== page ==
In this post, I’ll explain the basics of identifying soil types, the main variables in it that you have to concern yourself with, and what’s popular and unacceptable for growing cannabis.
More than any other media, most growers still use use good old fashioned gardening soil. Why?
- Well it’s usually easily available.
- It’s cheap.
- It’s natural with slow maintenance and that absorbs mistakes and a more forgiving way than hydroponics.
Even if plants don’t grow as fast in it, you may remember those overall conclusions from my old soil versus hydroponics guide. But for a lot of you, you don’t have to understand soil much more deeply than simply that to be perfectly honest, cannabis is awfully resilient and it will grow well in a lot of different mediums.
I’ve seen people accidentally grow cannabis just by throwing seeds into a random dirt pile during the rainy season. Also the particular quality and attributes of your soil are not the number one most important factor in your grow room. It isn’t even in the top three behind elements like lighting, temperature and humidity. As a result, the majority of casual growers, I only know that they have to go to the local garden store and get gardening soil, potting soil that’s oriented towards fruiting plants like tomatoes. And that’s it. That’s actually an acceptable level of knowledge. A few people beyond that also know that they should test even store-bought potting soil for deficiencies like incorrect pH or excessive sodium content. That by the way, is any content above 50 parts per million, but there is so much more to learn for those who are interested. So let’s start with what’s in soil, different textures and P H all soil is made up of a mix of air, water, mineral particles, and mix of organic and mineral nutrients, a small amount of living and dead organisms, microbes, protozoa there’s even maybe a few earthworms, all sorts of fun stuff, but the texture of the soil is determined by how physically big or small the mineral particles in it are teeny tiny mineral.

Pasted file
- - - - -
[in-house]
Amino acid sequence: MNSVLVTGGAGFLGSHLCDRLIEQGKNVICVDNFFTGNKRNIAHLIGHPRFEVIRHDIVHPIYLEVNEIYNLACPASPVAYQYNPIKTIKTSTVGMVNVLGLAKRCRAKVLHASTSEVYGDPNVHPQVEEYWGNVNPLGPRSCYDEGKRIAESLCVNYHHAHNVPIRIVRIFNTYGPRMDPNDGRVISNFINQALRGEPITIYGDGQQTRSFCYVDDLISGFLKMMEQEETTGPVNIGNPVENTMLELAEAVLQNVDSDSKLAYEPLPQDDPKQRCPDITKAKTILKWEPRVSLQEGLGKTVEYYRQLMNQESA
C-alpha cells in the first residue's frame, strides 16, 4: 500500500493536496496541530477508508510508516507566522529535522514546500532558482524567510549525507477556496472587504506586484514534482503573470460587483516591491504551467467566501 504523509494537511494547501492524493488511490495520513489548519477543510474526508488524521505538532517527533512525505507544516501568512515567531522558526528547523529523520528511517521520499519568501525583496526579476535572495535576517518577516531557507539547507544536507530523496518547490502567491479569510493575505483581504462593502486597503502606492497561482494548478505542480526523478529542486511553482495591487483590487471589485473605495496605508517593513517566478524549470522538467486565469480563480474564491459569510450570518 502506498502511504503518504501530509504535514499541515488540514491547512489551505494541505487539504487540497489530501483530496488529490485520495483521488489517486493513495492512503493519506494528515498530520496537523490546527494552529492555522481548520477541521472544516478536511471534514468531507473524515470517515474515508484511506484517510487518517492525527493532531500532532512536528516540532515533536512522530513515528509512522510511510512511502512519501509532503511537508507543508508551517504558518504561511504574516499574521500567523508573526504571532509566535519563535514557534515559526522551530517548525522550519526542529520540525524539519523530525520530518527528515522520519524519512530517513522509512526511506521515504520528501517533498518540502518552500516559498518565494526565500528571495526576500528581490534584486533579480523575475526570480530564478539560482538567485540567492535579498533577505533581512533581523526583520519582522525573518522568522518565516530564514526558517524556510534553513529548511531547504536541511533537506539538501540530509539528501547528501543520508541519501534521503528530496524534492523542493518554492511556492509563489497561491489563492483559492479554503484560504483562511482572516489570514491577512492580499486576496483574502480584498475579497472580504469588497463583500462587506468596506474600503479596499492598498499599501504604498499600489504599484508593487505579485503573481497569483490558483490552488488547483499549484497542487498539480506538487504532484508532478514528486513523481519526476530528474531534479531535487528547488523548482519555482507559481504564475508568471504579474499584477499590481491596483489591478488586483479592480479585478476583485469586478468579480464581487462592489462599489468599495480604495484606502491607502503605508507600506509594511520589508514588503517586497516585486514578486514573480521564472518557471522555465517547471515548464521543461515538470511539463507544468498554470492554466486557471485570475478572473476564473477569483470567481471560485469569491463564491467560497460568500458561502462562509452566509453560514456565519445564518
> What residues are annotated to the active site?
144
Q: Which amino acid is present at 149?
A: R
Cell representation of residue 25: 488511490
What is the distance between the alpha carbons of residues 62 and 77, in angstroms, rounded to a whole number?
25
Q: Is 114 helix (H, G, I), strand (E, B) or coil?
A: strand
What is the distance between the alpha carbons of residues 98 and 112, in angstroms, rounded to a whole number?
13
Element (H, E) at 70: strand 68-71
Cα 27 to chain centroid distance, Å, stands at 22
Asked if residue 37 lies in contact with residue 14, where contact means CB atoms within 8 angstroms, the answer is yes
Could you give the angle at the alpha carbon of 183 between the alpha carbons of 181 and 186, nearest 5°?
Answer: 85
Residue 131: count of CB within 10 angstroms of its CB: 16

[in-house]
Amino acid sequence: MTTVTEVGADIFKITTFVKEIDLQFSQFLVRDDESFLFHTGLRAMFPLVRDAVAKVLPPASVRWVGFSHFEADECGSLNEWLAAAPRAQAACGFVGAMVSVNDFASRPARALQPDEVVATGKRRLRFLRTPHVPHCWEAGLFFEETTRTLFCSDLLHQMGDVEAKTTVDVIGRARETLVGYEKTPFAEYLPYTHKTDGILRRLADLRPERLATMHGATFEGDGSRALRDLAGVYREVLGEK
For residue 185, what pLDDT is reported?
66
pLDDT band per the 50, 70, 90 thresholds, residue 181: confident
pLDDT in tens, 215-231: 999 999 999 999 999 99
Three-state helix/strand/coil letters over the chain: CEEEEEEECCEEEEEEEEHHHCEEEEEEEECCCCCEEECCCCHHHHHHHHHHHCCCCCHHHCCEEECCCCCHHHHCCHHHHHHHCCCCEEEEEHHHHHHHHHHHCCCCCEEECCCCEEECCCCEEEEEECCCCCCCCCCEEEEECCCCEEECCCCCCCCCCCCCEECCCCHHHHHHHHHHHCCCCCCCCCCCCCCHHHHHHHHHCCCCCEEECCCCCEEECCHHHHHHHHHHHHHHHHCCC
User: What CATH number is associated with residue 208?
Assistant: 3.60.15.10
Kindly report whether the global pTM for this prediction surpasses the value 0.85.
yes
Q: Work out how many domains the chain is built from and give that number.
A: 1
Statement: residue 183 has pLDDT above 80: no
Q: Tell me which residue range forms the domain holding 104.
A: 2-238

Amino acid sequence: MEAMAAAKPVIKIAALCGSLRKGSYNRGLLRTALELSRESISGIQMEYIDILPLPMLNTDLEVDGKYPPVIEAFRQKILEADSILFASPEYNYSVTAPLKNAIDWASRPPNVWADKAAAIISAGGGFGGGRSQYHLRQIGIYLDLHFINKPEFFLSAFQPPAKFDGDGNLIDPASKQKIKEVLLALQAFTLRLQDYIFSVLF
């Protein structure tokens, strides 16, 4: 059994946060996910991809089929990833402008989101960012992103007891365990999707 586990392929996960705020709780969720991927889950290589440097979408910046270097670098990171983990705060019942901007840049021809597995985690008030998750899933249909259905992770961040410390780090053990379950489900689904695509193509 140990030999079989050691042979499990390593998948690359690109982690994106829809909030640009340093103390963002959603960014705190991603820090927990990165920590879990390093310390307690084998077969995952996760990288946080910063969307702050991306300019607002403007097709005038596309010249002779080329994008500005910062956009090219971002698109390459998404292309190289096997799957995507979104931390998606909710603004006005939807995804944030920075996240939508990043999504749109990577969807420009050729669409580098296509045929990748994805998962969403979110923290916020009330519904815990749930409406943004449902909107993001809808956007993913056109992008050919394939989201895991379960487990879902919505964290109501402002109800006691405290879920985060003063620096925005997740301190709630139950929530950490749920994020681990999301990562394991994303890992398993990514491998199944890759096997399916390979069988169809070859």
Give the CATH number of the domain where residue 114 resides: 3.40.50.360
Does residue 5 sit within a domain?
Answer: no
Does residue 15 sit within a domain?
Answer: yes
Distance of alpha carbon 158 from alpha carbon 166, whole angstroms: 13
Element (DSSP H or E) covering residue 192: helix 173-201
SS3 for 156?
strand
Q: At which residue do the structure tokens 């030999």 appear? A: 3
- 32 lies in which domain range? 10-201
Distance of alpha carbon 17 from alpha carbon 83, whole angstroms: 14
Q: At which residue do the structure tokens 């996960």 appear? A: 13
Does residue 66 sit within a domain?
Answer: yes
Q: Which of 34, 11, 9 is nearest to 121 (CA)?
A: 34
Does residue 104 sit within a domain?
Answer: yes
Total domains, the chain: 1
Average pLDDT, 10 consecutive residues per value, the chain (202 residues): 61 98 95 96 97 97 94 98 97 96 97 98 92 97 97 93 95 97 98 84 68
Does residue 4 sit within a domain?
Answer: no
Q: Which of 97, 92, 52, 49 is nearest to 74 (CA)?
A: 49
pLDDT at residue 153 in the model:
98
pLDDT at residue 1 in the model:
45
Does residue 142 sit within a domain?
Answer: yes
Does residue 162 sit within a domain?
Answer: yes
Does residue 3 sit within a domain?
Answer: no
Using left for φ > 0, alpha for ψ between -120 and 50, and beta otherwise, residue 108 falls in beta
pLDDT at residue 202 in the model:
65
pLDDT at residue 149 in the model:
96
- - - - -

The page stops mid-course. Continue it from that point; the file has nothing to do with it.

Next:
Size of Particles and the Different Kinds of Soil
Small particles result in something really dense like clay, soil, huge particles result in gravel type soil. And in between those sizes or medium particles that create textures like sand and medium small particles that create textures like silt, depending on how these particles are laid out. The soil may not be good for water retention, nutrient retention, or root growth, and hence, no good for cannabis. For instance, soil that’s too. Sandy drains too quickly. The poor water retention means it doesn’t work. Clay soil has sort of the opposite problem where it takes forever to absorb water and then holds it too tightly for roots to uptake it. Chalky soil, as it’s known is prone to dryness and nutrient lockout. Alkali soil is very abundant, but it’s also no good. The reason is the pH it’s above 8.5, which means you got to mix in a lot of additive in order to drop it down. We’ll get into that in a minute.
Peat or Bog Soil